Shareholders of those aforementioned pioneering EDLP businesses needed to defer gratification and JDW shareholders need to do the same. Maybe, its not that so few understand that Wetherspoon is an EDLP business, perhaps its more that few have the patience to own it?

In this note

In this note, we focus on:

  1. Scale economics: one of our big ideas
  2. Returns, Moats and dividing the spoils
  3. A Mo Farah Stock

For those that seek a refresher on the business ‘from the horse’s mouth’, we highly recommend the following interview that Tim Martin gave in 2018. It offers excellent insight into the man and the business[1]

Scale economics/EDLP: what’s the big idea?

We have spoken in the past about the importance in investing of knowing what you are looking for.

For us, a good starting point means in the first instance looking for great businesses priced more like ‘OK’ businesses. Next step, we like many others, use our mental models and preferred business models arising from our experience and past successes. We have several of these to help identify great businesses. Big ideas such as ‘scale economics’, ‘rare birds’, ‘untapped pricing power’ etc. In fact our 2012 work on JD Wetherspoon and Ryanair was formative and heavily instructs our ongoing work today on many other companies.

Bezos’ two types of companies

Jeff Bezos tells us there are really just two types of companies in the world: those that constantly try to lower prices and those that constantly try to raise prices. Great examples of the former are Wal-Mart, Costco, Amazon, Geico, Aldi, Lidl and Ryanair – unarguably some of the best companies in the world.

Yet, all are very disparate businesses, some in unattractive, low return markets like groceries and airlines. Yet they all seem to dominate and/or have wide competitive moats that make them extremely hard to compete with. Why is that?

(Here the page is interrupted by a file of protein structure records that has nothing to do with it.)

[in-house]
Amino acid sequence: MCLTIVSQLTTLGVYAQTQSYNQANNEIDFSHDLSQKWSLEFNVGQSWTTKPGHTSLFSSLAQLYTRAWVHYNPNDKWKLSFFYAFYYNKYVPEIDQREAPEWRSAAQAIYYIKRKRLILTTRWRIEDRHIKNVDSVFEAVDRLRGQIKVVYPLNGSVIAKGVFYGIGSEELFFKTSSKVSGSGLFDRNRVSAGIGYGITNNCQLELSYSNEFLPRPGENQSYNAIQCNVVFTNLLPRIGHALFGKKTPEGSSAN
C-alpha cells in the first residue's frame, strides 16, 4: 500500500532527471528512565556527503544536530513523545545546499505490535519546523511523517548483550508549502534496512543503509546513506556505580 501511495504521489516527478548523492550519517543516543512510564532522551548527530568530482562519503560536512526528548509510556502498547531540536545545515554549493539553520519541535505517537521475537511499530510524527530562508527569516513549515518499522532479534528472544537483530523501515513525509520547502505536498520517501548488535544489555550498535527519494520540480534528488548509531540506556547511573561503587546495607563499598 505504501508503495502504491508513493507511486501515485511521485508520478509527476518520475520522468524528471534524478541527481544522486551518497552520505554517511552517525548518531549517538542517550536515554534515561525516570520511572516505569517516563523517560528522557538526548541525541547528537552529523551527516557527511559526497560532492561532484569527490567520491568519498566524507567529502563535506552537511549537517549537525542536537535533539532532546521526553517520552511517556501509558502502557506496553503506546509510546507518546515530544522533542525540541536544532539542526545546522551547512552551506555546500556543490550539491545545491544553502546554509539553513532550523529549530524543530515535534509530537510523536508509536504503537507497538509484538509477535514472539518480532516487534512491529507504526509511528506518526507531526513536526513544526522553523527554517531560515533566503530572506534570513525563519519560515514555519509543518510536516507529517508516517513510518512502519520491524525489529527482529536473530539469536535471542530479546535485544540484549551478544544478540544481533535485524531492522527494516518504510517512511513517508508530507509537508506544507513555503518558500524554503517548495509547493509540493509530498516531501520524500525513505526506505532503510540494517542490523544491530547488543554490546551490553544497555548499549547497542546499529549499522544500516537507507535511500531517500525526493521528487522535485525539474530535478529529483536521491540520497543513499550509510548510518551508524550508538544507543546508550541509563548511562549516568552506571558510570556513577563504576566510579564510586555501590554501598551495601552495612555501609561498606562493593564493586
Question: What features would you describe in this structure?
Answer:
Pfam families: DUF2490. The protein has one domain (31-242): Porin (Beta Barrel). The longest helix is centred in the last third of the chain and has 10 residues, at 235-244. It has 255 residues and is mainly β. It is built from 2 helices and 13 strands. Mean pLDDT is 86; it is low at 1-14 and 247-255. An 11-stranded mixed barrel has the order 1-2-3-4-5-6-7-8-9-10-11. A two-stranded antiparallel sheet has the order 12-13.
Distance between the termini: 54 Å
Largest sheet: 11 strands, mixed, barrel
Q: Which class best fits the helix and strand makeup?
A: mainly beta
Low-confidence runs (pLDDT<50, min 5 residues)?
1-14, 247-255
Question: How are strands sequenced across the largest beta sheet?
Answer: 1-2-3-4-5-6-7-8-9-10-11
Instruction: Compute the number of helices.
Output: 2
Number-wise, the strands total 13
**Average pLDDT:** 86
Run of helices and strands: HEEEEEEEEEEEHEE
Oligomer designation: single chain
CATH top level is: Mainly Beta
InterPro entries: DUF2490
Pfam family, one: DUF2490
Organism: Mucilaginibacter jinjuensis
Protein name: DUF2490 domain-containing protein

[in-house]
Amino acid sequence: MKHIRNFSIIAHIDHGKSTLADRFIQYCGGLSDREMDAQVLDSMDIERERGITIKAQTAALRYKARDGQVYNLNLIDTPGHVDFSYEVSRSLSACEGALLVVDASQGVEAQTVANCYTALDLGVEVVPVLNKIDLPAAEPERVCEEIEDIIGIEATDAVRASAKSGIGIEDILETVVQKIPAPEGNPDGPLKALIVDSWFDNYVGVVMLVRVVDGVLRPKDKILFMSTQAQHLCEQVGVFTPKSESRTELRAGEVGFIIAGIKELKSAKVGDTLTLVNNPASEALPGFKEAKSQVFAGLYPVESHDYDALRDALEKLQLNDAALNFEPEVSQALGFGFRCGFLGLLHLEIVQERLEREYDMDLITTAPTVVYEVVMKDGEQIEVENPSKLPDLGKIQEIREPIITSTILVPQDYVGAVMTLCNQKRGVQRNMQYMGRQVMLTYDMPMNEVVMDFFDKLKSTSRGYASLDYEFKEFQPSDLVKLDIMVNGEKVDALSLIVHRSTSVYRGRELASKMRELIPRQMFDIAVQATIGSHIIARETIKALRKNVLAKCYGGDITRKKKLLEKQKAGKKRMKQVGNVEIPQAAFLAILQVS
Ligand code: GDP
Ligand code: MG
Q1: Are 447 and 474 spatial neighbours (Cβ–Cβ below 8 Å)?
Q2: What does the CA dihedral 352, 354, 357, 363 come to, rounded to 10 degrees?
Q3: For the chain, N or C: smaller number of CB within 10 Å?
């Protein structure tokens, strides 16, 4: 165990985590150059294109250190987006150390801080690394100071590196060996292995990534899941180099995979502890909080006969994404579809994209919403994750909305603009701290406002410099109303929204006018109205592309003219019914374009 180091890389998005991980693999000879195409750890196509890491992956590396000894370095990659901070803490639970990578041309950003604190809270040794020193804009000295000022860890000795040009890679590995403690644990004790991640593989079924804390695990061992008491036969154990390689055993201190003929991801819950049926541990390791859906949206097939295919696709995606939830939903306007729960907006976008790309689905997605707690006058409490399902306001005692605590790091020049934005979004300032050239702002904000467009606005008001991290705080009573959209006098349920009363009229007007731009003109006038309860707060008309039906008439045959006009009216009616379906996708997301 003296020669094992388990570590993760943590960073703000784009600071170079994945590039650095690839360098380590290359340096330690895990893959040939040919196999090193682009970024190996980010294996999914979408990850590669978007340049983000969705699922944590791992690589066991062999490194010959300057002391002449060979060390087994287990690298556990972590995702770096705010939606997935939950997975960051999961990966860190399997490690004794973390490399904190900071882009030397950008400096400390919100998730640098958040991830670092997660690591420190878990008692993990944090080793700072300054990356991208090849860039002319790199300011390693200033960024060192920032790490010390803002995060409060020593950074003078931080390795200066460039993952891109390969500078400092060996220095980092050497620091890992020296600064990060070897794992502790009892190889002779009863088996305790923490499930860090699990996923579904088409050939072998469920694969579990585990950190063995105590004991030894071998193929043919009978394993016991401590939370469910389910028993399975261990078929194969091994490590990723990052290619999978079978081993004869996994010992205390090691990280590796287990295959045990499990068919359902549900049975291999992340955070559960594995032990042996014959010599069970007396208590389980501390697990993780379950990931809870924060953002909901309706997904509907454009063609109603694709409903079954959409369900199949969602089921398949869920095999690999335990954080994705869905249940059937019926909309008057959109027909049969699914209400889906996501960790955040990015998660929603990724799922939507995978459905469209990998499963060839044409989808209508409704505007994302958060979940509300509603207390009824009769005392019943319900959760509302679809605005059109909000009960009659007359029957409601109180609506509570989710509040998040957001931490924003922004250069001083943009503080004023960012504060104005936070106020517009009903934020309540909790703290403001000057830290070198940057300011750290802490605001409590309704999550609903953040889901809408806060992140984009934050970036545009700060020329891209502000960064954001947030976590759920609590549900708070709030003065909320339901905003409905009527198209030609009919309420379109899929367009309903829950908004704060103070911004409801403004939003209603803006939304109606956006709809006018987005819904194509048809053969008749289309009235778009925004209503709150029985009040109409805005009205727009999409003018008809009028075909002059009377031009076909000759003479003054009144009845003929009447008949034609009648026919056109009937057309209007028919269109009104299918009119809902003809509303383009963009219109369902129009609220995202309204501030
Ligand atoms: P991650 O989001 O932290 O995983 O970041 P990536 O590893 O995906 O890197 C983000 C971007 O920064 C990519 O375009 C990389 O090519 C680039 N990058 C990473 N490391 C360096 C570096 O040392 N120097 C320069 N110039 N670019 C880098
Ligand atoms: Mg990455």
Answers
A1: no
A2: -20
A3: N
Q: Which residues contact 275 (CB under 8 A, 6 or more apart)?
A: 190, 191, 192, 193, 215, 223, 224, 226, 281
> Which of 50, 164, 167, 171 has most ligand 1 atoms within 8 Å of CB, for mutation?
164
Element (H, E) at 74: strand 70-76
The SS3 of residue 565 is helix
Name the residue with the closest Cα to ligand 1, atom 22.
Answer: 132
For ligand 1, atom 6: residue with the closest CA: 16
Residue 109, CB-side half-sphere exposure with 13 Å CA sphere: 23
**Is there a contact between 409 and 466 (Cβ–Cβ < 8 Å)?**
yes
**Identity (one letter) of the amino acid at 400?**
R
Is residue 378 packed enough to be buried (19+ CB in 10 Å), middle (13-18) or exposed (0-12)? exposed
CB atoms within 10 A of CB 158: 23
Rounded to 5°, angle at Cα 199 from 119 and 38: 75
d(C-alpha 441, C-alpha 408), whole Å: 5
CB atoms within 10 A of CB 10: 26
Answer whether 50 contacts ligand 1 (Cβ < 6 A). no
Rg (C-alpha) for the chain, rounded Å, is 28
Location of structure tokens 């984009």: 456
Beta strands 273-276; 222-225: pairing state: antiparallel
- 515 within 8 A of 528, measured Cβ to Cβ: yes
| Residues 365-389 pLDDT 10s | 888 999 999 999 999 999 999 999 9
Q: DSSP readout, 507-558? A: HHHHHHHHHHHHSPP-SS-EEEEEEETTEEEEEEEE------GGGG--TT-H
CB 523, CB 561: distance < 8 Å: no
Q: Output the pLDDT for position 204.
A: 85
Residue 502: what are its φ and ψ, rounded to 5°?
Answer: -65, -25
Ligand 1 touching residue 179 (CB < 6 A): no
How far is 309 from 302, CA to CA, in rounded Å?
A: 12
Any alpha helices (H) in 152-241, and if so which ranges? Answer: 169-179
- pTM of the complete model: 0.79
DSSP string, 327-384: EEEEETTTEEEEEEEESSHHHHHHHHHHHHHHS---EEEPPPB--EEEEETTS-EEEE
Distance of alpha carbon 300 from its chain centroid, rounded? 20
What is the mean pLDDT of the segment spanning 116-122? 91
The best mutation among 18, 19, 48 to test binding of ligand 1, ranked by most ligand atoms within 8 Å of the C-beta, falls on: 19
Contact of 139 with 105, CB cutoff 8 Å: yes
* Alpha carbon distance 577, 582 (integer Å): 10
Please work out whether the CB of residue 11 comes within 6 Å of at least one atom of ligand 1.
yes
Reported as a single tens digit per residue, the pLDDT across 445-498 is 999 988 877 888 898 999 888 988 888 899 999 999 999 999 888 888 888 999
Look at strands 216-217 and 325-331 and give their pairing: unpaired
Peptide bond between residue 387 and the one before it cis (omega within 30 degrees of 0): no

Simple, but far from easy

EDLP as a business strategy is so impressive and effective because it is simple but extremely hard and time-consuming to execute. It requires deep cultural attitudes built over decades – hence the most successful executors have been intertwined with family or owner manager oversight. It is a business strategy based on a big idea (everyday low prices) executed via a thousand small decisions. It is this unwavering attention to detail and low prices, getting little things right which cumulatively compound into customer delight that is impossible to mimic. As Tim Martin puts it, it is about “making the customer constantly feel a little bit better off.” Think how satisfied Geico, Wal-Mart and Costco customers are and thus how difficult it is for competitors to compete/displace them.

One of the reasons these companies are rare is that so few management teams have either the discipline or incentives to remain true to the model. Marginal pricing changes are always hugely impactful on P&L earnings and thus very tempting to play with. Costco’s rigid pricing model of cost-plus (allowing only a 14% gross margin) would not last long with most corporate/turnaround managers tempted to let price rise just a little this quarter. Tim Martin, we think, is cut from a similar cloth as Jim Senegal in this regard – stubborn as hell. In the aforementioned interview posted online two years ago, Martin talks extensively about how a 2018 profit warning could theoretically have been avoided by raising the price of a pint by just 5p. Think about that. Such a candid statement might shock some investors who might find such an attitude almost distasteful and prove that shareholders are being disenfranchised at the expense of customers and staff. To us, it’s the opposite: Martin’s disciplined adherence to the well-worn path of EDLP means that shareholders (including Martin who owns c.22%) will, in the long-run, be huge beneficiaries of the higher customer loyalty and volume and competitor erosion that will result. He also spoke about pub managers’ working hours now being more regular and shorter and the Living Wage commitment being met (but not at the expense of a previously agreed company bonus scheme). This multi-year commitment to arguably significant increases in staff costs reminds us of Schwab’s ‘no trade-offs’ policy. The shorter term costs they incur are visible but the longer term benefits less so (yet).